Dr. James Antoon, an assistant professor of pediatrics at Vanderbilt University Medical Center, often goes an entire summer without diagnosing a single case of respiratory syncytial virus (RSV). The common illness, which typically results in mild, cold-like symptoms but can be severe in infants and elderly adults, usually goes along with the winter flu season.
But this summer, RSV cases are spiking, particularly in southern states. Around 2,000 confirmed cases were recorded across the U.S. during the week of July 10, 2021, compared to less than a dozen during the week of July 25, 2020. The actual number of infections is likely higher, since clinicians may not test sick children for RSV outside its usual season, the U.S. Centers for Disease Control and Prevention (CDC) said in a recent advisory.
The spike is somewhat logical, even if the timing is unusual. When the pandemic hit, sending people inside and behind masks, respiratory illnesses like RSV circulated at “historically low levels,” the CDC said in a report published today. Now that people are easing up on COVID-19 precautions, they are also coming back into contact with pathogens that have existed, but weren’t spreading much, throughout the pandemic. RSV infections began to tick upward in April 2021, the CDC says.
In the U.S., RSV case counts are “incredibly high for the summer,” Antoon says, “but it’s about on par with what we see in the winter.” That suggests COVID-19 prevention delayed the normal RSV season. A similar RSV spike happened during Australia and South Africa’s summer seasons.
But what’s harder to explain, Antoon says, is why RSV is circulating widely while some other respiratory viruses, like influenza, aren’t. (Though infection rates for parainfluenza, which causes croup in children, are also rising right now, he notes.)
RSV is quite transmissible, more so than some other viruses. But one reason for the surge may be that children who typically wouldn’t be susceptible to RSV are vulnerable this year.
Human immunity builds up over time. You’re likely to have the worst reaction to a pathogen the first time you see it. After that, your body knows what it’s up against and is better at fighting it off.
Typically, the CDC says, almost all children catch RSV in their first two years of life. But babies who were born during or shortly before the pandemic may not have encountered RSV as they usually would have, meaning they’re extra susceptible to it now.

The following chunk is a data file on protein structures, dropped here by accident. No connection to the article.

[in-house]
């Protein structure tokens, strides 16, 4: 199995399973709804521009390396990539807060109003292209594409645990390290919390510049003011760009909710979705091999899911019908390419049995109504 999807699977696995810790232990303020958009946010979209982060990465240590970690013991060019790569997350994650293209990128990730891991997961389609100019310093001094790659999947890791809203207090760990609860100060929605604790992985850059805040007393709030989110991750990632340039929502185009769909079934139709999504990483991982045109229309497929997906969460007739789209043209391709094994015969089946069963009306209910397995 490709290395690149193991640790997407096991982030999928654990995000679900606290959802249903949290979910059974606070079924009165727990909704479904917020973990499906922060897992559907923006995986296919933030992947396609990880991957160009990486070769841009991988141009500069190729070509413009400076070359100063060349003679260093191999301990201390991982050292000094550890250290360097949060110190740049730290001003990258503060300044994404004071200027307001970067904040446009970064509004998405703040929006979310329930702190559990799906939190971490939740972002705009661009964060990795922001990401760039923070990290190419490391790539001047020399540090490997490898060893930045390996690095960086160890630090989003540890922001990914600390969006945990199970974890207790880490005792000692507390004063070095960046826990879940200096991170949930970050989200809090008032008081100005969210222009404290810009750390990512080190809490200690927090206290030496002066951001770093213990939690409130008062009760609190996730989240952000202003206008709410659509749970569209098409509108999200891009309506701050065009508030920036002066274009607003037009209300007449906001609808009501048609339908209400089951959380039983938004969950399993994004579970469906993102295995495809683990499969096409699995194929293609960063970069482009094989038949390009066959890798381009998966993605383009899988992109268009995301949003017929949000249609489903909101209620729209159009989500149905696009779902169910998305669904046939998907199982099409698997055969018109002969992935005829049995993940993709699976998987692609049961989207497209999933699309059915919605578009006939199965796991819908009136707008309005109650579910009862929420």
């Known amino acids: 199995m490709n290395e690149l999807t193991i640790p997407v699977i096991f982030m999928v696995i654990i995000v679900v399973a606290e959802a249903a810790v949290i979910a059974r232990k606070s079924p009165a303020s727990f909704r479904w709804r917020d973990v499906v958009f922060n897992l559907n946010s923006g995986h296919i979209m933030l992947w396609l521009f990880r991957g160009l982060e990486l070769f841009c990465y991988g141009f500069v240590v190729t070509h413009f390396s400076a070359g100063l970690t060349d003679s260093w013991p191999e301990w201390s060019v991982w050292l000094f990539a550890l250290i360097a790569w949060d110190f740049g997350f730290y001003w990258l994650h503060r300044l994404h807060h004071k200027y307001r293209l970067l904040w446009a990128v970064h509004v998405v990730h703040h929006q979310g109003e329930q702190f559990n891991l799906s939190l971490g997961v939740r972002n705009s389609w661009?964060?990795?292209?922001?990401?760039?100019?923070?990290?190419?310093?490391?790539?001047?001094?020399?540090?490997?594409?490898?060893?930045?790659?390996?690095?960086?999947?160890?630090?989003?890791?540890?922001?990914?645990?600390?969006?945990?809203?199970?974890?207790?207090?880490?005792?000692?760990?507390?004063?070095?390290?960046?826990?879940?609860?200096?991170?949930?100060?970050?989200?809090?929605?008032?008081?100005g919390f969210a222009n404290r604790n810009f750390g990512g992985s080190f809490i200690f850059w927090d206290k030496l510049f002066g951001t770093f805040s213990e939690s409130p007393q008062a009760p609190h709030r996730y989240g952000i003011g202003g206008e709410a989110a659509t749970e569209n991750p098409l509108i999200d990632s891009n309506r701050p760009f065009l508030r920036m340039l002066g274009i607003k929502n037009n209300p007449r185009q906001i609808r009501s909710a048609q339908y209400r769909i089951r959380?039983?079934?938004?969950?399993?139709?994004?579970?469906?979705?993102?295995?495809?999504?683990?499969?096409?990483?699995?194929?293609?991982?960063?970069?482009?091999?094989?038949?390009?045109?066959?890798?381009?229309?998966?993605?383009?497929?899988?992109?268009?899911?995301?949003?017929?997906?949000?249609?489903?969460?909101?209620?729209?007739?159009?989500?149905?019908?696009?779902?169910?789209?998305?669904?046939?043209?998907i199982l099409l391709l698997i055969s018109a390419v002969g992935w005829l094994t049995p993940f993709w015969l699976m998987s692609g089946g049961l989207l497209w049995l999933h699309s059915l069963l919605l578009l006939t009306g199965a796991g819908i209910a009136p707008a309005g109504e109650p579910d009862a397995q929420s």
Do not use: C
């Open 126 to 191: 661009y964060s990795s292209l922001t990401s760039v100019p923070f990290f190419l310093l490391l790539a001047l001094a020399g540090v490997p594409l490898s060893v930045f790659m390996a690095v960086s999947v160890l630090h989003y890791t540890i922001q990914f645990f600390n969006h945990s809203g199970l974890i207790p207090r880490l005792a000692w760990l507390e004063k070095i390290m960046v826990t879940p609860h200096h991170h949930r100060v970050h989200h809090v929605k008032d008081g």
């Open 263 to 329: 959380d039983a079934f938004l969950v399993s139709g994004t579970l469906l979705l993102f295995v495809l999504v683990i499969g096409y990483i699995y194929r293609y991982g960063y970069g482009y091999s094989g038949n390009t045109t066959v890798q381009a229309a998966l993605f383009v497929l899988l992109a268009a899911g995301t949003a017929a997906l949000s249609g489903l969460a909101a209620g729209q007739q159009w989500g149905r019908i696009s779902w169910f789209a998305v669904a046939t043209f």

“These viruses don’t disappear in the summer; they’re just much, much lower in frequency,” explains Dr. Richard Malley, a senior physician in pediatrics at Boston Children’s Hospital. Coming off a year when few children got RSV during its usual season, infections may spike “at times when they would normally not be present, presumably because a little bit of the immunity in the whole community was not reinforced by exposure,” he says.
That’s no reason for parents to panic, Antoon says. “All the instructions we give to parents winter after winter apply this summer,” he says.
At the top of that list is monitoring symptoms. Mild symptoms like a runny nose, coughing and sneezing aren’t cause for alarm, he says—but if a child has trouble breathing, is very lethargic or can’t keep down food or water, they should see a doctor. Adults infected with RSV usually develop nothing more than cold-like symptoms, but elderly adults should be on the lookout for more severe issues, like dehydration or trouble breathing.
Beyond that, Antoon says, parents should teach the same disease-prevention practices they did prior to the pandemic, like frequent hand washing, covering coughs and sneezes, and staying home when someone in the household is sick. That’s especially important with the start of traditional flu season only a few months away.
“Reduced circulation of influenza viruses during the past year might affect the severity of the upcoming influenza season given the prolonged absence of ongoing natural exposure to influenza viruses,” the CDC warned in its July 22 report. That will make disease mitigation, and flu vaccination, crucial this year.
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Contributor: Jamie Ducharme